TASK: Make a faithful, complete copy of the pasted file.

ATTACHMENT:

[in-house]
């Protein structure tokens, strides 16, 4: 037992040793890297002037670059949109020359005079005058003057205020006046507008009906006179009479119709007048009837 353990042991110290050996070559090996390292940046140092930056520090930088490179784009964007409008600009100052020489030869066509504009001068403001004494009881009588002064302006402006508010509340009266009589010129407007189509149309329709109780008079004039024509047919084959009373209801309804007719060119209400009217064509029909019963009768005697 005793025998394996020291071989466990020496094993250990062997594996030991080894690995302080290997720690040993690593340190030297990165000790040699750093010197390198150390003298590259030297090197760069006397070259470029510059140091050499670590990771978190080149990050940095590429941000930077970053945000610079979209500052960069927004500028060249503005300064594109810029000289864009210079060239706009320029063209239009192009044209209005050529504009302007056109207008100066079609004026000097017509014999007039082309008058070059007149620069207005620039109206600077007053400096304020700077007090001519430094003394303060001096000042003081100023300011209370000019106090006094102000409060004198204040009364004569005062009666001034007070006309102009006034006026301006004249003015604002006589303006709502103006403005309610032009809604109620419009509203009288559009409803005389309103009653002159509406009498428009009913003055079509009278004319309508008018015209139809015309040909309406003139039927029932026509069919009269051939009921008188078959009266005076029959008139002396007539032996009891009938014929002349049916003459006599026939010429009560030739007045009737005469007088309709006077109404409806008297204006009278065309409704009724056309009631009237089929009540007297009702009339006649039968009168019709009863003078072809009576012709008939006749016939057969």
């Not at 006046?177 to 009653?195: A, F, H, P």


[in-house]
């Protein structure tokens, strides 16, 4: 037992040793890297002037670059949109020359005079005058003057205020006046507008009906006179009479119709007048009837 353990042991110290050996070559090996390292940046140092930056520090930088490179784009964007409008600009100052020489030869066509504009001068403001004494009881009588002064302006402006508010509340009266009589010129407007189509149309329709109780008079004039024509047919084959009373209801309804007719060119209400009217064509029909019963009768005697 005793025998394996020291071989466990020496094993250990062997594996030991080894690995302080290997720690040993690593340190030297990165000790040699750093010197390198150390003298590259030297090197760069006397070259470029510059140091050499670590990771978190080149990050940095590429941000930077970053945000610079979209500052960069927004500028060249503005300064594109810029000289864009210079060239706009320029063209239009192009044209209005050529504009302007056109207008100066079609004026000097017509014999007039082309008058070059007149620069207005620039109206600077007053400096304020700077007090001519430094003394303060001096000042003081100023300011209370000019106090006094102000409060004198204040009364004569005062009666001034007070006309102009006034006026301006004249003015604002006589303006709502103006403005309610032009809604109620419009509203009288559009409803005389309103009653002159509406009498428009009913003055079509009278004319309508008018015209139809015309040909309406003139039927029932026509069919009269051939009921008188078959009266005076029959008139002396007539032996009891009938014929002349049916003459006599026939010429009560030739007045009737005469007088309709006077109404409806008297204006009278065309409704009724056309009631009237089929009540007297009702009339006649039968009168019709009863003078072809009576012709008939006749016939057969």
């Not at 006046?177 to 009653?195: A, F, H, P």